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Serious Musicians?

Discussion in 'Ask Mike Watt [Archived]' started by William Benton, Sep 24, 2002.

  1. Hi Ya Watt!
    Well this isn't specifically a basser question, nor is their an easy answer, but...
    I can't find musicians that are serious. Every band I end up in ends up VERY part-time...with obstacles ranging form college, to girlfriends, to musicians being in several other bands!
    I played bass for many years, until about 6 years ago, when I started playing guitar in a band. I fell in love with it, and I feel it's what I was meant to play now. But, when I played bass...people (potential band members) would tell me my style was too "funky", "jazzy", or "fuggin' weird". So, I got discouraged.
    I would also get hassled to use a pick. Go figure.
    So, with my weird and twisted reasoning...I devoted more time to the guitar. And now I get some of the same accusations on it!
    Anyways, I have been in Louisville for five years...had some close calls as far as good opportunities, but...people always bail.
    Maybe I should move? Maybe I should buy a drum machine and go solo? Ha!
    How's things in Pedro? Any bands need a six-stringer by chance? Haha!
    Take care of yourself, good man. And thanks for changing my life, and my point-of-view on music so many years ago. You did the damage that altered my vision forever when I look at my instrument. You got me in a car to leave a small town in Oklahoma to find happiness in music. I have done a lot, and I shall do a lot more.
    Anyways, thanks again, kind sir. Come back to the 'Ville as soon as ya' can.

    Your friend,

    William Benton
  2. watt

    watt the man in the van w/a bass in his hand Supporting Member

    Aug 24, 2001
    san pedro, california

    my first bit of advice: don't give up on the bass! don't let other's negative vibrations veer from your course. keep trying 'til you find those that resonate w/your reasoning. this is a tough thing but well worth it. louisville has a music scene, I know several cats from there so please, don't give up hope. someone once said, "wherever you go, there you are." the grass will always seem greener yonder so make sure things are very dried up before you give up hope and move on. there's lots of cats playing in so cal here but it's still hard to find the right folks - just is. one reason is cuz we're individuals and that makes things intense, especially will you hold your ground. hardly anything happens overnight and you gotta work at it. these people who have problems w/your playing - well, maybe they're not the right cats you should be playing w/and you can't let that frustrate you into giving up on getting a band going that you can dig. keep trying, that's my advice. who knows though, maybe a different town is what you need. that's a hard call to make and only you really do that. my advice though is to not be rash. make sure you've played out all your options where you're at. I hope some of this helps.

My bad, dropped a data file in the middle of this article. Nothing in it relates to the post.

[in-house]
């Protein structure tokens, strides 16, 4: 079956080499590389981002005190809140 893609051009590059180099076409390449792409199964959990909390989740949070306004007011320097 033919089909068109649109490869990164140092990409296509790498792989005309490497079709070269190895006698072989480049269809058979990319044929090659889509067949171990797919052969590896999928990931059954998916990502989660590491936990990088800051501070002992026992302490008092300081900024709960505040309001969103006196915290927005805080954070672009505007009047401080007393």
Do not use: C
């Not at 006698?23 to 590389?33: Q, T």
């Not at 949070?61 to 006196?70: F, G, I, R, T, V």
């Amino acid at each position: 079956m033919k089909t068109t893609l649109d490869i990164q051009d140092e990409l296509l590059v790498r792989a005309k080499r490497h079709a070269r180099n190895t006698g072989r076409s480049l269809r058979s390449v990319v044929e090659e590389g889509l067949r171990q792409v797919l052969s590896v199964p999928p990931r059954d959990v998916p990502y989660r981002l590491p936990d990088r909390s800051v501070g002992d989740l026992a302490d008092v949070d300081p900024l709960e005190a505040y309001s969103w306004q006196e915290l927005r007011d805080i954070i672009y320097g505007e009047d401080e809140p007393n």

hey, the drum machine idea isn't bad especially if you're thinking of recording songs. that's a good way to solicit folks who might be into what your doing.

    on bass, watt

  3. Watt...
    Many thanks for the kind and encouraging words.
    I have a lot to think about, so...who knows how I'll turn out...or where?
    Visit Louisville again soon. We miss ya'!

    Much respect,

    William Benton
  4. watt

    watt the man in the van w/a bass in his hand Supporting Member

    Aug 24, 2001
    san pedro, california

    no prob. it's tough to find folks who share your passion but that's just the way the world is. keep your eyes, ears and mind open. sometimes gigs are great places to meet potentials cuz you might already share something, being at the same gig. be up front right away though w/what you expect so you don't get your time wasted.

    my next tour starts march, 2003 and I'll try to play your town, it's a great pad to play.

    on bass, watt

  5. BlindSide


    Oct 11, 2002
    Wausau, WI
    I just thought I’d add to Mike’s assessment.

    I’ve played in bands for over 25 years. I’m 41 and until last year I thought I’d never find that one perfect group. I never gave up; I just took advantage of what the world offered me at the moment. Even at its best, there was at least one guy who made a band a less than ideal experience.

    Last year I joined up with the greatest group of guys I could have ever found. It took me 25 years, AND I don't live in a very large metropolitan area either (even when I lived in St.Louis they were hard to find...so a different location may not do anything for you).

    The guys I play with now are great people, great musicians and we have great chemistry on and off the stage. In over a year, not once have we had a single disagreement about anything (well, maybe who the best looking woman was at the gig…but I digress).

    Bottom line, as Mike said…DO NOT give up!!! There are a lot of musicians with similar philosophies out there. Patience is a virtue…and that could not be truer concerning music in general and finding the “right” musicians particularly. If you play for the right reasons, eventually it’ll work out.
  6. bikeplate

    bikeplate Supporting Member

    Jun 7, 2001
    Upstate NY

    Guitar players are a dime a dozen. Stick with bass. Make sure you are well rounded and can do a bit of all styles. Be open minded. Do a bunch of different kinds of situations until you find the ideal one. Don't paint yourself into a corner with just one project. Be outgoing. It will come together

  7. watt

    watt the man in the van w/a bass in his hand Supporting Member

    Aug 24, 2001
    san pedro, california

    this is great advice except for one point: